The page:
I spent last Saturday at the English Heritage Festival of History. It’s an annual event held at Kelmarsh Hall in Northamptonshire, and as it’s only a few miles from where I live I pay a visit every year.
One of the many joys about this event is that I can spend a whole day speaking to re-enactors about the different periods of history they’re recreating. Nothing is more exciting than history, so to chat with a Roman legionnaire and handle a gladius, or listen to a half-hour talk about air combat in the Great War, or feel the weight of a Bren gun, or to learn about Elizabethan cooking – or a hundred other things – is heaven to me.
What a pleasure to approach someone dressed up as a Wehrmacht infantryman – perhaps just to ask them about a detail on their uniform – and end up learning bizarre facts about the types of bicycles they were issued with or how a mortar works. Or perhaps to have an Imperial Russian officer tell me about the expeditionary force the Tsar sent sent to the Western Front in WW1. Or to learn that Viking swords were more important as status symbols than weapons, as they preferred to fight with spears or axes.
Being a history buff in a field with over a thousand people kitted out as men, women and children from various periods over the past two millenia, I was always going to be among kindred spirits. Even the atrocious rain that morning – it always seems to rain at the Festival of History – couldn’t dampen my spirits; and when the sun came out in the afternoon it was better than perfect.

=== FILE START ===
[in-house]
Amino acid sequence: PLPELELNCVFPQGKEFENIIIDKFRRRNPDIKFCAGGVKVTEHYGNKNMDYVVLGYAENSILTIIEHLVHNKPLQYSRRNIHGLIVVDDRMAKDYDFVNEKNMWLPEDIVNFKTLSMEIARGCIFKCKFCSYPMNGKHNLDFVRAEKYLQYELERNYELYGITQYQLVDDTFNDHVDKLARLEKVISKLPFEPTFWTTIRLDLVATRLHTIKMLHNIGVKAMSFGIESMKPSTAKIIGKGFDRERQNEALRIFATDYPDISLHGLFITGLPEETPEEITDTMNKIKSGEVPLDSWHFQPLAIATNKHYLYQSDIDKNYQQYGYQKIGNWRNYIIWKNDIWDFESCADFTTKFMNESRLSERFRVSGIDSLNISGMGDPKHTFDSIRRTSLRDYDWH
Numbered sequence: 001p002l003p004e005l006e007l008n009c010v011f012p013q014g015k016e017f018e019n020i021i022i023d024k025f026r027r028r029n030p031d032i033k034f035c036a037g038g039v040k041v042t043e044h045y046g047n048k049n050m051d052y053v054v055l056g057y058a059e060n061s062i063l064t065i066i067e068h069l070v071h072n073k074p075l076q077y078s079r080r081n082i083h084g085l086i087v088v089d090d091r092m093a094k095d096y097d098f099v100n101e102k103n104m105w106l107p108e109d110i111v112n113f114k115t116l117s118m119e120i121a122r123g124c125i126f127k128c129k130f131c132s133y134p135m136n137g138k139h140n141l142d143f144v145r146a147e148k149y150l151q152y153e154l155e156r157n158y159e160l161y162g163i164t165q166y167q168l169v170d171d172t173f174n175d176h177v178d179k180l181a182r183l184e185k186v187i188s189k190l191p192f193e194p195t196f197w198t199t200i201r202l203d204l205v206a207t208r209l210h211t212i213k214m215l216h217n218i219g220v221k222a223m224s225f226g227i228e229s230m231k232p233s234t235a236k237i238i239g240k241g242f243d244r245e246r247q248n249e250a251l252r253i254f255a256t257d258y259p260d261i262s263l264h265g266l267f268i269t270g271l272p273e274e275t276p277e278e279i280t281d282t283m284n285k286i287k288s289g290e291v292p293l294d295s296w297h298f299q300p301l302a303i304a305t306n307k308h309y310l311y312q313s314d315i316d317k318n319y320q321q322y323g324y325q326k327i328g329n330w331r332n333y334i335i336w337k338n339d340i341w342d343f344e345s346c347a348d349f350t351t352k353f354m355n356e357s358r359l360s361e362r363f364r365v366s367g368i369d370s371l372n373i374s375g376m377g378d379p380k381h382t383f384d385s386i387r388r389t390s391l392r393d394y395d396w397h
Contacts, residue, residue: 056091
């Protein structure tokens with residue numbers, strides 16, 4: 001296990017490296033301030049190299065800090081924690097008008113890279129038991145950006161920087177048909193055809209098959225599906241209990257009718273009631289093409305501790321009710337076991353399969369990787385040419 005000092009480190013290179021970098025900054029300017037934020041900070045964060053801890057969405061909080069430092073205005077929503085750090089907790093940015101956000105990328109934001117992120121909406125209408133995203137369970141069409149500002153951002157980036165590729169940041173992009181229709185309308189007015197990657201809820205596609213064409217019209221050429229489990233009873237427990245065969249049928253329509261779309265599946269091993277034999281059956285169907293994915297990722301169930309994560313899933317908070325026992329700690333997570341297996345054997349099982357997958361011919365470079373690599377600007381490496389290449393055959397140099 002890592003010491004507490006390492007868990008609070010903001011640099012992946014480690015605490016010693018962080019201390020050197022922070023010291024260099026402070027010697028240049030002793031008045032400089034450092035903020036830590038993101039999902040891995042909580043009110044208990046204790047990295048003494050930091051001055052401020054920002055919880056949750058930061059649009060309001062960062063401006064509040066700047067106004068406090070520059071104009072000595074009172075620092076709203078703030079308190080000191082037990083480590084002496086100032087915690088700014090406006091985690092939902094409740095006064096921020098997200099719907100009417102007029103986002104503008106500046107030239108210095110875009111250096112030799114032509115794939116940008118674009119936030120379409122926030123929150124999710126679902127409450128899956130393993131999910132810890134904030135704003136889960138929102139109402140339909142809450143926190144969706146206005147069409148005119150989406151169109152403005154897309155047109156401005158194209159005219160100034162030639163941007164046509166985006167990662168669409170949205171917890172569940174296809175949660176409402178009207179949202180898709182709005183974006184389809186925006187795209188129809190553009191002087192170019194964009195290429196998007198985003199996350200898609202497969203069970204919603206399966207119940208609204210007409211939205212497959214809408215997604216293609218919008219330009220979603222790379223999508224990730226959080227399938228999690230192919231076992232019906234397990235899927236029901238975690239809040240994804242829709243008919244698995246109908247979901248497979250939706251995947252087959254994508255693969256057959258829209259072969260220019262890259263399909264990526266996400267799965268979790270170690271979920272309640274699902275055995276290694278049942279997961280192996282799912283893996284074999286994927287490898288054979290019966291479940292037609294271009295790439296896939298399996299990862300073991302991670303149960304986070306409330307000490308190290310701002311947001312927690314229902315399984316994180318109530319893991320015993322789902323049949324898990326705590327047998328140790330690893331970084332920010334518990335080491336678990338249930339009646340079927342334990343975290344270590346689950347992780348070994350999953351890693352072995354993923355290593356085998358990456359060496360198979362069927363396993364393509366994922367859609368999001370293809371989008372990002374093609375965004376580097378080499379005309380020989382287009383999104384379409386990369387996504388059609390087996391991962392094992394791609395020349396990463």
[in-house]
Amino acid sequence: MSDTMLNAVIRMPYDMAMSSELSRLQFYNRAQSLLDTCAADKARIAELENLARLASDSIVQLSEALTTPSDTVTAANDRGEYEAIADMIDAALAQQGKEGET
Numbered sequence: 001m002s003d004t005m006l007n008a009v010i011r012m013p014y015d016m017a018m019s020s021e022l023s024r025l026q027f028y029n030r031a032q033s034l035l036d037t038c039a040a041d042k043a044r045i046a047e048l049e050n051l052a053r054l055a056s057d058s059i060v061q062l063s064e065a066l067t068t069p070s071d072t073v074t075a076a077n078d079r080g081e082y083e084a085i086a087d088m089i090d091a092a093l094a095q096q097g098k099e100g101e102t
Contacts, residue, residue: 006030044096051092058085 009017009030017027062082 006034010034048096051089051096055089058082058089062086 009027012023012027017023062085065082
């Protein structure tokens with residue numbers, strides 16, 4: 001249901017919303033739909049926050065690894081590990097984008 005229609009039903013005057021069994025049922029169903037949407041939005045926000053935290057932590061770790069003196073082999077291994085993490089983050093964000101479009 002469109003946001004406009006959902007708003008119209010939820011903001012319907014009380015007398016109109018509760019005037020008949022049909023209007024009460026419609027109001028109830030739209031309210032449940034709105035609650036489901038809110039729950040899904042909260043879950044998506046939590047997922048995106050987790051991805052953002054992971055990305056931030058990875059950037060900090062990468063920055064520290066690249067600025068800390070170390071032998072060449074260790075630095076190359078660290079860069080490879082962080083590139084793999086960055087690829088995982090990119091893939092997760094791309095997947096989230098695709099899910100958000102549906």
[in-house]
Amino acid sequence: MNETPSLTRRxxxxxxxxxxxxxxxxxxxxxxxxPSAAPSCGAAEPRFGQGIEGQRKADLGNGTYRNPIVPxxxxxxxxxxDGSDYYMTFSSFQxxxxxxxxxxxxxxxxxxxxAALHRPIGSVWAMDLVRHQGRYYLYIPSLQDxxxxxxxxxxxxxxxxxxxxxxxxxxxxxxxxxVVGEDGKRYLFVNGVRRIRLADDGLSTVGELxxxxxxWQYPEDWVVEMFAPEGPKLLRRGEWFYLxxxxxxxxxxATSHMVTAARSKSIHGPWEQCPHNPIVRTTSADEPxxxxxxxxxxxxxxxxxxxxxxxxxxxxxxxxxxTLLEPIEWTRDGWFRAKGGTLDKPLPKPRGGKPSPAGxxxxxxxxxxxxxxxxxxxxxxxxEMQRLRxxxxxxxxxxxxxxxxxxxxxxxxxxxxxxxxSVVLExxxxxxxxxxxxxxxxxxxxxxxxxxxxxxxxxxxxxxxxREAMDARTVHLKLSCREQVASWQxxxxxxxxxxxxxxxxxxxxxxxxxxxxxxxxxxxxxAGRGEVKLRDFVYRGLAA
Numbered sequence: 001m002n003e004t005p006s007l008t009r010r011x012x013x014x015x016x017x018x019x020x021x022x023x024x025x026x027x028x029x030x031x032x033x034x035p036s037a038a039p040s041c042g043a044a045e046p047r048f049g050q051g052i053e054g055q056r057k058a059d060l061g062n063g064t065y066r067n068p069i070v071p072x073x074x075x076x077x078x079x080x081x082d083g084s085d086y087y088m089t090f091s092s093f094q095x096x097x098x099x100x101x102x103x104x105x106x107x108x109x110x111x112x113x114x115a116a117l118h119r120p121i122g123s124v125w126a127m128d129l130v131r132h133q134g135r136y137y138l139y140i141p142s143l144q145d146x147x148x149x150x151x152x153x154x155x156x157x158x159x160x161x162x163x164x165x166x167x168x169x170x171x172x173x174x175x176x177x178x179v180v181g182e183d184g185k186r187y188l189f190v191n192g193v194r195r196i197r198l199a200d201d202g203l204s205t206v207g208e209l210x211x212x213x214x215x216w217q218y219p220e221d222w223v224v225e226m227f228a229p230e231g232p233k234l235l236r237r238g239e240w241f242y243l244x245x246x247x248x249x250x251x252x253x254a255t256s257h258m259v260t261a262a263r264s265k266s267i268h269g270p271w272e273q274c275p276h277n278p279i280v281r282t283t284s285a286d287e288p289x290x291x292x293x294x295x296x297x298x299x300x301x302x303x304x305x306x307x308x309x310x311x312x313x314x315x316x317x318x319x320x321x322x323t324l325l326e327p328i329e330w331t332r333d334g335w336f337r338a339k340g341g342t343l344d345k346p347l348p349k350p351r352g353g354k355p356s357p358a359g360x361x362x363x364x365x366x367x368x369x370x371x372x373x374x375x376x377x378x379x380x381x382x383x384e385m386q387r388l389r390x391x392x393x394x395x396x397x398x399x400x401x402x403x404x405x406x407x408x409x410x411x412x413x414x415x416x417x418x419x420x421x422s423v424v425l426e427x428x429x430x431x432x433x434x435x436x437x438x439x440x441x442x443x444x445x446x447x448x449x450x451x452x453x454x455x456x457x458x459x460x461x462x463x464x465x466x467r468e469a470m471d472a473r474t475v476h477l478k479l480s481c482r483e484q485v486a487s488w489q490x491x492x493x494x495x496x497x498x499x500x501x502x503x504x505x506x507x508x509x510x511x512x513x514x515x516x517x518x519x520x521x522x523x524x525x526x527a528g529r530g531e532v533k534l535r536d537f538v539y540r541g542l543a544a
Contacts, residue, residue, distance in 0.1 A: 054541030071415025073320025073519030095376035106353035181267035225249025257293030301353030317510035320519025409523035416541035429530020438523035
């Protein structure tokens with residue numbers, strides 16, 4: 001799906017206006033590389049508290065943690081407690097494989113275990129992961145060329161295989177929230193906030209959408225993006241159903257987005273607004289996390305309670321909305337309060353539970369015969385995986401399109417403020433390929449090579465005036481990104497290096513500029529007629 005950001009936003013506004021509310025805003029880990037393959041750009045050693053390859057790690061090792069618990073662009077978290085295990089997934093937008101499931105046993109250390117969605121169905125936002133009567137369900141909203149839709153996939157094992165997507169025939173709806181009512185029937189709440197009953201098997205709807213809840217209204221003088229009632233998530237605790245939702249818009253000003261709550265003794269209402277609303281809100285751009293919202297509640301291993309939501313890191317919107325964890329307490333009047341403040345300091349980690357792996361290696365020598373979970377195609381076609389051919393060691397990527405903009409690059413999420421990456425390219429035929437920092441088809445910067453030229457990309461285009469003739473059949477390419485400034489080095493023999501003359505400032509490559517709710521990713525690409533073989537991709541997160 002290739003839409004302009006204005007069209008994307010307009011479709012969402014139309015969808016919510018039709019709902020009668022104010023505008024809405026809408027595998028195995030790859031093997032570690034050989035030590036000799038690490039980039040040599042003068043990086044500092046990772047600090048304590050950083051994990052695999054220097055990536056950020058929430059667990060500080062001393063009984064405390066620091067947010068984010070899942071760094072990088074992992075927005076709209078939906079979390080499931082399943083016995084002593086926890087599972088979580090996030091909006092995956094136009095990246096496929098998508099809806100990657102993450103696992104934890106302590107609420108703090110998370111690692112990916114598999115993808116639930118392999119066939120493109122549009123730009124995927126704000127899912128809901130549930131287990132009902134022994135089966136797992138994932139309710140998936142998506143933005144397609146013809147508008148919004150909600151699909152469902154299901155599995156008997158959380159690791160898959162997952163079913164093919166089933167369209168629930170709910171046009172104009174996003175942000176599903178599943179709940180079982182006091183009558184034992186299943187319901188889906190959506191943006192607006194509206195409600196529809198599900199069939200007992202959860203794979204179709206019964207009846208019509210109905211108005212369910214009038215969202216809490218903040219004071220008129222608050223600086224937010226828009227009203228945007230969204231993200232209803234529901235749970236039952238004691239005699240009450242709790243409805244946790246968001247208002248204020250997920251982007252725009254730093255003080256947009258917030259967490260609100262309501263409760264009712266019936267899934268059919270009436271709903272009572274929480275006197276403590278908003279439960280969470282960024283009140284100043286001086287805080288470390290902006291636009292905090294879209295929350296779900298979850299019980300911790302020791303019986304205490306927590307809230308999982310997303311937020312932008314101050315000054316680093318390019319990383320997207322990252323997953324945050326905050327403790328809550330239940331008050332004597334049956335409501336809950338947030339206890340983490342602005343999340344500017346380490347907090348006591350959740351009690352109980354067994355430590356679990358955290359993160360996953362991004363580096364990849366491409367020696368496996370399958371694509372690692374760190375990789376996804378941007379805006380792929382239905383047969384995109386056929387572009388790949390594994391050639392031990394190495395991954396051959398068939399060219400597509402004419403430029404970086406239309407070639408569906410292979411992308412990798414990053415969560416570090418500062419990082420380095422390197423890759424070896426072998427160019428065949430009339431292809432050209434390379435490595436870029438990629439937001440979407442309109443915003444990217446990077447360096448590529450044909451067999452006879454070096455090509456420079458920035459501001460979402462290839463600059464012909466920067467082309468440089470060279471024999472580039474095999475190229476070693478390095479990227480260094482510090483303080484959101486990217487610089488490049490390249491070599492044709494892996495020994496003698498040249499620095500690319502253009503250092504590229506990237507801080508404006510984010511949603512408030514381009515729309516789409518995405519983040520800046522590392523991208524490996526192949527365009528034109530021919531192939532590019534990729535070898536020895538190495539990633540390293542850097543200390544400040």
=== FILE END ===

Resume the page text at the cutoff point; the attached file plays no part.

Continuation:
The problem was always going to be that I had my girls with me. They’re seven and nine so I wasn’t even expecting them to last an hour before a) falling out with each other and b) getting bored and wanting to go home. Fortunately they did neither. From the moment they were invited to jump into a muddy trench and dress up with helmets, hand grenades and rocket launchers, I think they fell in love with it all. They were starting to see that history isn’t a dusty subject about dead people; rather it’s the exciting, action-packed, emotional story of all of us. Speaking to Viking re-enactors and realising some of their distant ancestors were Norsemen (our family name, Iliffe, is derived from Olaf) helped them to form a link with their own past. Seeing a Vickers machine gun – their great great uncle operated one in the trenches – helped them form another.
In the end, we spent eight hours in that big, muddy field, overlooked by a Georgian stately home and surrounded by the living ghosts of our predecessors. It reminded me of the times during my own childhood when my dear, departed dad had taken me to historical places and events all over the country – museums and castles and battlefields – and how those experiences had influenced and shaped me. And perhaps, when they’re all grown up, my girls will look back on our day together as one of those formative times in their own personal histories.